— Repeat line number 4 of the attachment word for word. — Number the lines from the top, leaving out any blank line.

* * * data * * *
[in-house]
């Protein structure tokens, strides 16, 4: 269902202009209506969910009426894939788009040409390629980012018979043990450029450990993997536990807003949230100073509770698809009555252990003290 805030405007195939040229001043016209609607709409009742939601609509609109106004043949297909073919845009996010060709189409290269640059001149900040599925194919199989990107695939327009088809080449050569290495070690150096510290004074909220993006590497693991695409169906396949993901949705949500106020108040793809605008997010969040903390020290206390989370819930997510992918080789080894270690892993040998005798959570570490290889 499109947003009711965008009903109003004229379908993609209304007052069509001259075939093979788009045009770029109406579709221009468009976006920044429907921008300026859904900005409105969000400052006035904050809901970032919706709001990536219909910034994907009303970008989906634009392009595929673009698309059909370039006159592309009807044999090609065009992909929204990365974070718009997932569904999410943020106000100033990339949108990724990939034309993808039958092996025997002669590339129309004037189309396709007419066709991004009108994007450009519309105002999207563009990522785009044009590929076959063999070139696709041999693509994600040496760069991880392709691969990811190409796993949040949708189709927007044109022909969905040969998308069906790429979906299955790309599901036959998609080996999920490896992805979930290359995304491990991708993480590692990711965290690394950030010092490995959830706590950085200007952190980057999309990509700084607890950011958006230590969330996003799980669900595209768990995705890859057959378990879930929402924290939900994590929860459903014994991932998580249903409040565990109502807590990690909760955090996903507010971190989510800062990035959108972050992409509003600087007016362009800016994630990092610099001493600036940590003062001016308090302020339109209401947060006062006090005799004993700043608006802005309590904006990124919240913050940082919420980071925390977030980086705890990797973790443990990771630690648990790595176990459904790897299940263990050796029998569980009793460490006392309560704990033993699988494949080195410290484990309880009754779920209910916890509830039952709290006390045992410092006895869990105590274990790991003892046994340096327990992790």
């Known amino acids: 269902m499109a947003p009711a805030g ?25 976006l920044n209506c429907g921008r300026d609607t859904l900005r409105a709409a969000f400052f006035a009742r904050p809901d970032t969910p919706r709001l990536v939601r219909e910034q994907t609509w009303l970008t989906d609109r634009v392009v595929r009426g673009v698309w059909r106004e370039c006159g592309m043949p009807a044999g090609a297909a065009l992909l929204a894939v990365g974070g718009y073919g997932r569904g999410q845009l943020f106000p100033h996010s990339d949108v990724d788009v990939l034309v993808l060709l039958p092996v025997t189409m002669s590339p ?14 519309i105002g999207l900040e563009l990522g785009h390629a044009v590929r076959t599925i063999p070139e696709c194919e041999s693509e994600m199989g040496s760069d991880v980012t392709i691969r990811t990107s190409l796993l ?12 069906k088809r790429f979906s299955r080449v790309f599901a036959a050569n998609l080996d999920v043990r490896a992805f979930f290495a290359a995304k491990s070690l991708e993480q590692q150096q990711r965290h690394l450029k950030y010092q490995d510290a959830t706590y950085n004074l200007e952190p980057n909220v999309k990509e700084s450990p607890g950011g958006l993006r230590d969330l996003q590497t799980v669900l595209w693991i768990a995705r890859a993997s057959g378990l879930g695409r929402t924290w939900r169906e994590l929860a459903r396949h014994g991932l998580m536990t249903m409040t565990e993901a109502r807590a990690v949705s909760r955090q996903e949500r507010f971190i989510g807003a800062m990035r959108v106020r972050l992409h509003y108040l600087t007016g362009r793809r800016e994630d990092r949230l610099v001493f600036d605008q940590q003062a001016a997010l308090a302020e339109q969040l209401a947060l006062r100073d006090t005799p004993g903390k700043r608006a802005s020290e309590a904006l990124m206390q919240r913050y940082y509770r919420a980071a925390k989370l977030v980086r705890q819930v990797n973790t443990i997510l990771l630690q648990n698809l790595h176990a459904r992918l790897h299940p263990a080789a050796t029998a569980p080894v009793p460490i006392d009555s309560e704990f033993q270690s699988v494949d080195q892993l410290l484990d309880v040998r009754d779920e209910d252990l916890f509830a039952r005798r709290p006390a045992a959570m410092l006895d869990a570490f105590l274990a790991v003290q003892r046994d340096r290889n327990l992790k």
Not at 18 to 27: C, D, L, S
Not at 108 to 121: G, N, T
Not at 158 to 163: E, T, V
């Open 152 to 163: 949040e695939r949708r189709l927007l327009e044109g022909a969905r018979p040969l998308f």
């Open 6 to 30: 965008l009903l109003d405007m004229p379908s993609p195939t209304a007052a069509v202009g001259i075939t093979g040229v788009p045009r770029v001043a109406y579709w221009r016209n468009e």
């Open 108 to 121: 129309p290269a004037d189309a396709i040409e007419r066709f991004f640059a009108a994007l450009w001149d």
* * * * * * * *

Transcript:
Not at 18 to 27: C, D, L, S